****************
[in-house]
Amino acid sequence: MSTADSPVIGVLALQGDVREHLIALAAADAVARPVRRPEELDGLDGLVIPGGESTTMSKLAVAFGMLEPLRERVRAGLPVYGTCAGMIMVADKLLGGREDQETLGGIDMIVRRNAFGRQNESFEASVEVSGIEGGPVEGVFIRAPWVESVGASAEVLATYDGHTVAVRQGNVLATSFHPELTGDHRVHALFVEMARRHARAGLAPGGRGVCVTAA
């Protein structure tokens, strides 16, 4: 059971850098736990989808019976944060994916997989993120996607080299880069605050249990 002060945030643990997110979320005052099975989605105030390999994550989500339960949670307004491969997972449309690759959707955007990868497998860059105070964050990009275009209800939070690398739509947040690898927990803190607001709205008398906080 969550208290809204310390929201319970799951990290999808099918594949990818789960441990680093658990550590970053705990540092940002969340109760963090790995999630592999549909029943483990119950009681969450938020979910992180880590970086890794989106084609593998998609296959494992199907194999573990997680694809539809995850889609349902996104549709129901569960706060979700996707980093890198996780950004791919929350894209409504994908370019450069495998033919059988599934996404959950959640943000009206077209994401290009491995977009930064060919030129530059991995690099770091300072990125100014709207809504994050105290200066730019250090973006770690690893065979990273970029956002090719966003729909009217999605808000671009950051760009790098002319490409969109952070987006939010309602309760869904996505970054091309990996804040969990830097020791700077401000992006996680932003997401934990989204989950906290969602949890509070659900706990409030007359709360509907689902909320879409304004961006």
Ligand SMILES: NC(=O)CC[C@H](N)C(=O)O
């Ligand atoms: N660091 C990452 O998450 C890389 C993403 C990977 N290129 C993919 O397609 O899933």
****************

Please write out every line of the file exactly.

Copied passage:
[in-house]
Amino acid sequence: MSTADSPVIGVLALQGDVREHLIALAAADAVARPVRRPEELDGLDGLVIPGGESTTMSKLAVAFGMLEPLRERVRAGLPVYGTCAGMIMVADKLLGGREDQETLGGIDMIVRRNAFGRQNESFEASVEVSGIEGGPVEGVFIRAPWVESVGASAEVLATYDGHTVAVRQGNVLATSFHPELTGDHRVHALFVEMARRHARAGLAPGGRGVCVTAA
């Protein structure tokens, strides 16, 4: 059971850098736990989808019976944060994916997989993120996607080299880069605050249990 002060945030643990997110979320005052099975989605105030390999994550989500339960949670307004491969997972449309690759959707955007990868497998860059105070964050990009275009209800939070690398739509947040690898927990803190607001709205008398906080 969550208290809204310390929201319970799951990290999808099918594949990818789960441990680093658990550590970053705990540092940002969340109760963090790995999630592999549909029943483990119950009681969450938020979910992180880590970086890794989106084609593998998609296959494992199907194999573990997680694809539809995850889609349902996104549709129901569960706060979700996707980093890198996780950004791919929350894209409504994908370019450069495998033919059988599934996404959950959640943000009206077209994401290009491995977009930064060919030129530059991995690099770091300072990125100014709207809504994050105290200066730019250090973006770690690893065979990273970029956002090719966003729909009217999605808000671009950051760009790098002319490409969109952070987006939010309602309760869904996505970054091309990996804040969990830097020791700077401000992006996680932003997401934990989204989950906290969602949890509070659900706990409030007359709360509907689902909320879409304004961006």
Ligand SMILES: NC(=O)CC[C@H](N)C(=O)O
């Ligand atoms: N660091 C990452 O998450 C890389 C993403 C990977 N290129 C993919 O397609 O899933």